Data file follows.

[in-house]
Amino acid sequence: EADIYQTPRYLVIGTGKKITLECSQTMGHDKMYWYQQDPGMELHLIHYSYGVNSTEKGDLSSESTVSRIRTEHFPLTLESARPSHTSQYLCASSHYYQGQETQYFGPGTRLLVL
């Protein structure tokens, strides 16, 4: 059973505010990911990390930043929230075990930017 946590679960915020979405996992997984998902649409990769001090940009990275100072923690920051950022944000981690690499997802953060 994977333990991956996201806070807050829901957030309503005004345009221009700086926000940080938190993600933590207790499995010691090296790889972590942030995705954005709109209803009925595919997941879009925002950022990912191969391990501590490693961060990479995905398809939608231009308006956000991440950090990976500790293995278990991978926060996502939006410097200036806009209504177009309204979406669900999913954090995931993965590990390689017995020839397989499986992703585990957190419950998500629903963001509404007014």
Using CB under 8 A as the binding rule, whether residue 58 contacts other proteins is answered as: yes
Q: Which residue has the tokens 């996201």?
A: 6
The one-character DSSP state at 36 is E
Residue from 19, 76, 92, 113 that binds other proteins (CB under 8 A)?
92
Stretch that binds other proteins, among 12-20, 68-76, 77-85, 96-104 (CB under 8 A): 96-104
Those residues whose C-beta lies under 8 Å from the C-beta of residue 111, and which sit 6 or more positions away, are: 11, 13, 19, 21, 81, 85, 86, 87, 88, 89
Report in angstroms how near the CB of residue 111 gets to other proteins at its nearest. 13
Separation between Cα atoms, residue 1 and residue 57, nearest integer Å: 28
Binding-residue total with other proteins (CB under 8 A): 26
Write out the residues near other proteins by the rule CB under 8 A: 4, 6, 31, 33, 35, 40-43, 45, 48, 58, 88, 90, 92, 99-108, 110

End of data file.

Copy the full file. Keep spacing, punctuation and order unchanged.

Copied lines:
[in-house]
Amino acid sequence: EADIYQTPRYLVIGTGKKITLECSQTMGHDKMYWYQQDPGMELHLIHYSYGVNSTEKGDLSSESTVSRIRTEHFPLTLESARPSHTSQYLCASSHYYQGQETQYFGPGTRLLVL
């Protein structure tokens, strides 16, 4: 059973505010990911990390930043929230075990930017 946590679960915020979405996992997984998902649409990769001090940009990275100072923690920051950022944000981690690499997802953060 994977333990991956996201806070807050829901957030309503005004345009221009700086926000940080938190993600933590207790499995010691090296790889972590942030995705954005709109209803009925595919997941879009925002950022990912191969391990501590490693961060990479995905398809939608231009308006956000991440950090990976500790293995278990991978926060996502939006410097200036806009209504177009309204979406669900999913954090995931993965590990390689017995020839397989499986992703585990957190419950998500629903963001509404007014």
Using CB under 8 A as the binding rule, whether residue 58 contacts other proteins is answered as: yes
Q: Which residue has the tokens 């996201």?
A: 6
The one-character DSSP state at 36 is E
Residue from 19, 76, 92, 113 that binds other proteins (CB under 8 A)?
92
Stretch that binds other proteins, among 12-20, 68-76, 77-85, 96-104 (CB under 8 A): 96-104
Those residues whose C-beta lies under 8 Å from the C-beta of residue 111, and which sit 6 or more positions away, are: 11, 13, 19, 21, 81, 85, 86, 87, 88, 89
Report in angstroms how near the CB of residue 111 gets to other proteins at its nearest. 13
Separation between Cα atoms, residue 1 and residue 57, nearest integer Å: 28
Binding-residue total with other proteins (CB under 8 A): 26
Write out the residues near other proteins by the rule CB under 8 A: 4, 6, 31, 33, 35, 40-43, 45, 48, 58, 88, 90, 92, 99-108, 110